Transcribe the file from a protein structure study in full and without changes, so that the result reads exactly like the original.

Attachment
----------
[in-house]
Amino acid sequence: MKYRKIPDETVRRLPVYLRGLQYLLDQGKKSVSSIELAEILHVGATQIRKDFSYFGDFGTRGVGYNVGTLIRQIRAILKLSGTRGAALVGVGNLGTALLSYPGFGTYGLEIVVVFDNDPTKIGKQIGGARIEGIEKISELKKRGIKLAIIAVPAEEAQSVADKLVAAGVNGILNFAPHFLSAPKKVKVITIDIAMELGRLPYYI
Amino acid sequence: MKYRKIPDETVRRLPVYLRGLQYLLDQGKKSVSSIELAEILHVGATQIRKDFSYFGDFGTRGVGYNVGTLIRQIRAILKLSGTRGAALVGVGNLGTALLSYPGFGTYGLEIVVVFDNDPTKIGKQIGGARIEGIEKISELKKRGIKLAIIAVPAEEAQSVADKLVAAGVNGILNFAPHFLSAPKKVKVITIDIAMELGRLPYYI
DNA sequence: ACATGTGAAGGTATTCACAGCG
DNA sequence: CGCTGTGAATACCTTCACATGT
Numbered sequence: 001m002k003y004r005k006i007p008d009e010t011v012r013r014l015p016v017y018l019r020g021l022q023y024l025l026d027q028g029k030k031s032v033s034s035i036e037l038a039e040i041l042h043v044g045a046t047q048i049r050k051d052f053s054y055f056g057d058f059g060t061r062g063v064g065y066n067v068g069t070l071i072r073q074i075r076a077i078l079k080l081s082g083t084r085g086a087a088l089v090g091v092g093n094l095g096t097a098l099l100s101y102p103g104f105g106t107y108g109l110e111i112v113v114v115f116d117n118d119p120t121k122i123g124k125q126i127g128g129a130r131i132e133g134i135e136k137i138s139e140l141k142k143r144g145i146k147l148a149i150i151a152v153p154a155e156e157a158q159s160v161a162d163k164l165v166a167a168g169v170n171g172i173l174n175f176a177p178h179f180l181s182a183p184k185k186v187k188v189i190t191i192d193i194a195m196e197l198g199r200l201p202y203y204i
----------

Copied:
[in-house]
Amino acid sequence: MKYRKIPDETVRRLPVYLRGLQYLLDQGKKSVSSIELAEILHVGATQIRKDFSYFGDFGTRGVGYNVGTLIRQIRAILKLSGTRGAALVGVGNLGTALLSYPGFGTYGLEIVVVFDNDPTKIGKQIGGARIEGIEKISELKKRGIKLAIIAVPAEEAQSVADKLVAAGVNGILNFAPHFLSAPKKVKVITIDIAMELGRLPYYI
Amino acid sequence: MKYRKIPDETVRRLPVYLRGLQYLLDQGKKSVSSIELAEILHVGATQIRKDFSYFGDFGTRGVGYNVGTLIRQIRAILKLSGTRGAALVGVGNLGTALLSYPGFGTYGLEIVVVFDNDPTKIGKQIGGARIEGIEKISELKKRGIKLAIIAVPAEEAQSVADKLVAAGVNGILNFAPHFLSAPKKVKVITIDIAMELGRLPYYI
DNA sequence: ACATGTGAAGGTATTCACAGCG
DNA sequence: CGCTGTGAATACCTTCACATGT
Numbered sequence: 001m002k003y004r005k006i007p008d009e010t011v012r013r014l015p016v017y018l019r020g021l022q023y024l025l026d027q028g029k030k031s032v033s034s035i036e037l038a039e040i041l042h043v044g045a046t047q048i049r050k051d052f053s054y055f056g057d058f059g060t061r062g063v064g065y066n067v068g069t070l071i072r073q074i075r076a077i078l079k080l081s082g083t084r085g086a087a088l089v090g091v092g093n094l095g096t097a098l099l100s101y102p103g104f105g106t107y108g109l110e111i112v113v114v115f116d117n118d119p120t121k122i123g124k125q126i127g128g129a130r131i132e133g134i135e136k137i138s139e140l141k142k143r144g145i146k147l148a149i150i151a152v153p154a155e156e157a158q159s160v161a162d163k164l165v166a167a168g169v170n171g172i173l174n175f176a177p178h179f180l181s182a183p184k185k186v187k188v189i190t191i192d193i194a195m196e197l198g199r200l201p202y203y204i